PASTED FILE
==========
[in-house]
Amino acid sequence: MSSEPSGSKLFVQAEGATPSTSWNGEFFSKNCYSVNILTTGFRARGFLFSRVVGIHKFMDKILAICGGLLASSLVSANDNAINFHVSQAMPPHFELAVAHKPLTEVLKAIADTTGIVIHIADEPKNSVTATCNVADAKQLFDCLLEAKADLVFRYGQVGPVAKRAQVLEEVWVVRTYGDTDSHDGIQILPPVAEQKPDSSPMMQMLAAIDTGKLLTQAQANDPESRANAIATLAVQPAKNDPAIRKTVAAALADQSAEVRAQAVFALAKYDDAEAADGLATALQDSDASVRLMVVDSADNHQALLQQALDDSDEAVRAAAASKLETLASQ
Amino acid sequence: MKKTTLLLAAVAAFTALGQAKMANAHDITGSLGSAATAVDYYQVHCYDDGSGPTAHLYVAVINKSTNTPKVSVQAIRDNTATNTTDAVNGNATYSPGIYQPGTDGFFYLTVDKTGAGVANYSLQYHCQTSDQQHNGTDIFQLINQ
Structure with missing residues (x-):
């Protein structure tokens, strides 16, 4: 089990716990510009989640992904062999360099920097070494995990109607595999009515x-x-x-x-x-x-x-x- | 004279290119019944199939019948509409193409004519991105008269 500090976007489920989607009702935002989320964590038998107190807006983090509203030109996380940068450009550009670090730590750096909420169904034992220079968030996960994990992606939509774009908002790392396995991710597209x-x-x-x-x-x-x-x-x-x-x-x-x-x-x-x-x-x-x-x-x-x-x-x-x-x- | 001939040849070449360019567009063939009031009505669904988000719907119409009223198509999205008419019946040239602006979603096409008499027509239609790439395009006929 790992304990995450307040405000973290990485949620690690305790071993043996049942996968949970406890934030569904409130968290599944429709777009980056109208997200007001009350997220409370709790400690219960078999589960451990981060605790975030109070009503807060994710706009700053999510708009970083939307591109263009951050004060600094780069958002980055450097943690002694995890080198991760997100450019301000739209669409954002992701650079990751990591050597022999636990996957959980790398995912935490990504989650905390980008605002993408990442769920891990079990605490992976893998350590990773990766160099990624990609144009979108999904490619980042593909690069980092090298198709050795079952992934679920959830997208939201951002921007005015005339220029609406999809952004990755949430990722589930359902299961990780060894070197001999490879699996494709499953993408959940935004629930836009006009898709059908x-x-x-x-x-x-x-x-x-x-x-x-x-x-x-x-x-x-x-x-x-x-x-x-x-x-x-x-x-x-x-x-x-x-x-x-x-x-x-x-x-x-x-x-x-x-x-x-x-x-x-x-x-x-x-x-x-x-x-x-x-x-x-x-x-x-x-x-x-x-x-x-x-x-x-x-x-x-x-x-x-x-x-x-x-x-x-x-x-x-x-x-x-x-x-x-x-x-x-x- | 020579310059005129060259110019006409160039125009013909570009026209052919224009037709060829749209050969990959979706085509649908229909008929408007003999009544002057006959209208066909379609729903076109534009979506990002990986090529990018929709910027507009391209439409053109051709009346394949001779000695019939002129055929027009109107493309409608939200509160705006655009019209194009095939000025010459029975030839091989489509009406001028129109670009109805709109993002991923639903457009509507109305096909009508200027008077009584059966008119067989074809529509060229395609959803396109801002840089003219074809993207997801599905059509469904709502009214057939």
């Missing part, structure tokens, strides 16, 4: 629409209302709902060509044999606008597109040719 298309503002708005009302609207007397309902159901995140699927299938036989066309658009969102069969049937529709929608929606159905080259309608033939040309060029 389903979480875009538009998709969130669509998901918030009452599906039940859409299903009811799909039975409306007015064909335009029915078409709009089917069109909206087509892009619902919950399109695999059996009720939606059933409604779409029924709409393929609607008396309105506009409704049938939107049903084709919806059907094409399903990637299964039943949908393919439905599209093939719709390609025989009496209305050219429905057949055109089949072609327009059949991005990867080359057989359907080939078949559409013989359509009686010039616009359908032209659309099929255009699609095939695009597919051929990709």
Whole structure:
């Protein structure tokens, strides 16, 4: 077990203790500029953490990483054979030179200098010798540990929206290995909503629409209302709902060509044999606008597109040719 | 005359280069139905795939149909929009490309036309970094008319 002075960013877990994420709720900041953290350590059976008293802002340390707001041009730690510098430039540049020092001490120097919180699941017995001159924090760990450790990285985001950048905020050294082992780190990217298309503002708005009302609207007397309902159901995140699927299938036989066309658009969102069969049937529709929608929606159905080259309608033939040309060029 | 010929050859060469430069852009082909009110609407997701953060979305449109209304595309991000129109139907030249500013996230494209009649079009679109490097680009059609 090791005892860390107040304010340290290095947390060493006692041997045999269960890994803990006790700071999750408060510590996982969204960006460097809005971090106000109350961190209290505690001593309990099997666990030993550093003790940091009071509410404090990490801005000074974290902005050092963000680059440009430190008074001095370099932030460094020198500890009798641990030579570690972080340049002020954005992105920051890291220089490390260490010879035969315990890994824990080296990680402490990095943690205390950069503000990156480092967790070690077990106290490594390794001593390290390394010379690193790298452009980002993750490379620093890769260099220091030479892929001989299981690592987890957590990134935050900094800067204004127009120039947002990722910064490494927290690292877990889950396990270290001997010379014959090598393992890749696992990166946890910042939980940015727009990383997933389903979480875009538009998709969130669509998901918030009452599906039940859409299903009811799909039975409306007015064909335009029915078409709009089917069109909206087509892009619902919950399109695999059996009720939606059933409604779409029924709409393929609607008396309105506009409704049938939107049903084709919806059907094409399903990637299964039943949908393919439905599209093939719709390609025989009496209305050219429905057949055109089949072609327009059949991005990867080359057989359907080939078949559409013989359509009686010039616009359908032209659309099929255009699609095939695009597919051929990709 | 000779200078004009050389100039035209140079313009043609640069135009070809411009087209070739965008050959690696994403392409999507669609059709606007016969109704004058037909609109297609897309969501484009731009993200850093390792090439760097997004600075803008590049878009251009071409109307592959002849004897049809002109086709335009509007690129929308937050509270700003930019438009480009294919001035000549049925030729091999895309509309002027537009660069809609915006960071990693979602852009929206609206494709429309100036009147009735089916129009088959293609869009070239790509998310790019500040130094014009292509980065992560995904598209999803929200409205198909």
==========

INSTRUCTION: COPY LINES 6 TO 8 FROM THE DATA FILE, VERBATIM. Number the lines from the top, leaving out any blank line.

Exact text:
């Missing part, structure tokens, strides 16, 4: 629409209302709902060509044999606008597109040719 298309503002708005009302609207007397309902159901995140699927299938036989066309658009969102069969049937529709929608929606159905080259309608033939040309060029 389903979480875009538009998709969130669509998901918030009452599906039940859409299903009811799909039975409306007015064909335009029915078409709009089917069109909206087509892009619902919950399109695999059996009720939606059933409604779409029924709409393929609607008396309105506009409704049938939107049903084709919806059907094409399903990637299964039943949908393919439905599209093939719709390609025989009496209305050219429905057949055109089949072609327009059949991005990867080359057989359907080939078949559409013989359509009686010039616009359908032209659309099929255009699609095939695009597919051929990709």
Whole structure:
């Protein structure tokens, strides 16, 4: 077990203790500029953490990483054979030179200098010798540990929206290995909503629409209302709902060509044999606008597109040719 | 005359280069139905795939149909929009490309036309970094008319 002075960013877990994420709720900041953290350590059976008293802002340390707001041009730690510098430039540049020092001490120097919180699941017995001159924090760990450790990285985001950048905020050294082992780190990217298309503002708005009302609207007397309902159901995140699927299938036989066309658009969102069969049937529709929608929606159905080259309608033939040309060029 | 010929050859060469430069852009082909009110609407997701953060979305449109209304595309991000129109139907030249500013996230494209009649079009679109490097680009059609 090791005892860390107040304010340290290095947390060493006692041997045999269960890994803990006790700071999750408060510590996982969204960006460097809005971090106000109350961190209290505690001593309990099997666990030993550093003790940091009071509410404090990490801005000074974290902005050092963000680059440009430190008074001095370099932030460094020198500890009798641990030579570690972080340049002020954005992105920051890291220089490390260490010879035969315990890994824990080296990680402490990095943690205390950069503000990156480092967790070690077990106290490594390794001593390290390394010379690193790298452009980002993750490379620093890769260099220091030479892929001989299981690592987890957590990134935050900094800067204004127009120039947002990722910064490494927290690292877990889950396990270290001997010379014959090598393992890749696992990166946890910042939980940015727009990383997933389903979480875009538009998709969130669509998901918030009452599906039940859409299903009811799909039975409306007015064909335009029915078409709009089917069109909206087509892009619902919950399109695999059996009720939606059933409604779409029924709409393929609607008396309105506009409704049938939107049903084709919806059907094409399903990637299964039943949908393919439905599209093939719709390609025989009496209305050219429905057949055109089949072609327009059949991005990867080359057989359907080939078949559409013989359509009686010039616009359908032209659309099929255009699609095939695009597919051929990709 | 000779200078004009050389100039035209140079313009043609640069135009070809411009087209070739965008050959690696994403392409999507669609059709606007016969109704004058037909609109297609897309969501484009731009993200850093390792090439760097997004600075803008590049878009251009071409109307592959002849004897049809002109086709335009509007690129929308937050509270700003930019438009480009294919001035000549049925030729091999895309509309002027537009660069809609915006960071990693979602852009929206609206494709429309100036009147009735089916129009088959293609869009070239790509998310790019500040130094014009292509980065992560995904598209999803929200409205198909």